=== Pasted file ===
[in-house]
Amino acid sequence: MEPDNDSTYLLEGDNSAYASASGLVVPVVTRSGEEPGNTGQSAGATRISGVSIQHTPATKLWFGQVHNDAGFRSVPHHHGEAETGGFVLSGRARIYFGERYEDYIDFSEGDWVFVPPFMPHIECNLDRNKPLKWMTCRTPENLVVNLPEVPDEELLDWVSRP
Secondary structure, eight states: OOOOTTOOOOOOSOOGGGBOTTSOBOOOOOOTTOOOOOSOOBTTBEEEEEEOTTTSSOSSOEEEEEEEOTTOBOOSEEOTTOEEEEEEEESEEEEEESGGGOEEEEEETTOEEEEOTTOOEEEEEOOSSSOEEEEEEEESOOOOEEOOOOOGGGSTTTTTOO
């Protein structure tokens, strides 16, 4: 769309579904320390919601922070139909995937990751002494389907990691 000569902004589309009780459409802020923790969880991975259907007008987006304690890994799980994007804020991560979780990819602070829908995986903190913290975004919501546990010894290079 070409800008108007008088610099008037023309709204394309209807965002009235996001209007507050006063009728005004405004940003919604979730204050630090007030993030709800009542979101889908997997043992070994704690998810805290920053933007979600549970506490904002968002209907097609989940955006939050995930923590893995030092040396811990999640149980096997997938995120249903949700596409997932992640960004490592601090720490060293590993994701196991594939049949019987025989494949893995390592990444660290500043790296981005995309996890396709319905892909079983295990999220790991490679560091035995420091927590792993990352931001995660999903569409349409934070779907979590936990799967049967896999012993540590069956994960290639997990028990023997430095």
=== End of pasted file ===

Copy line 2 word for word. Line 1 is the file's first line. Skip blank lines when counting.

Amino acid sequence: MEPDNDSTYLLEGDNSAYASASGLVVPVVTRSGEEPGNTGQSAGATRISGVSIQHTPATKLWFGQVHNDAGFRSVPHHHGEAETGGFVLSGRARIYFGERYEDYIDFSEGDWVFVPPFMPHIECNLDRNKPLKWMTCRTPENLVVNLPEVPDEELLDWVSRP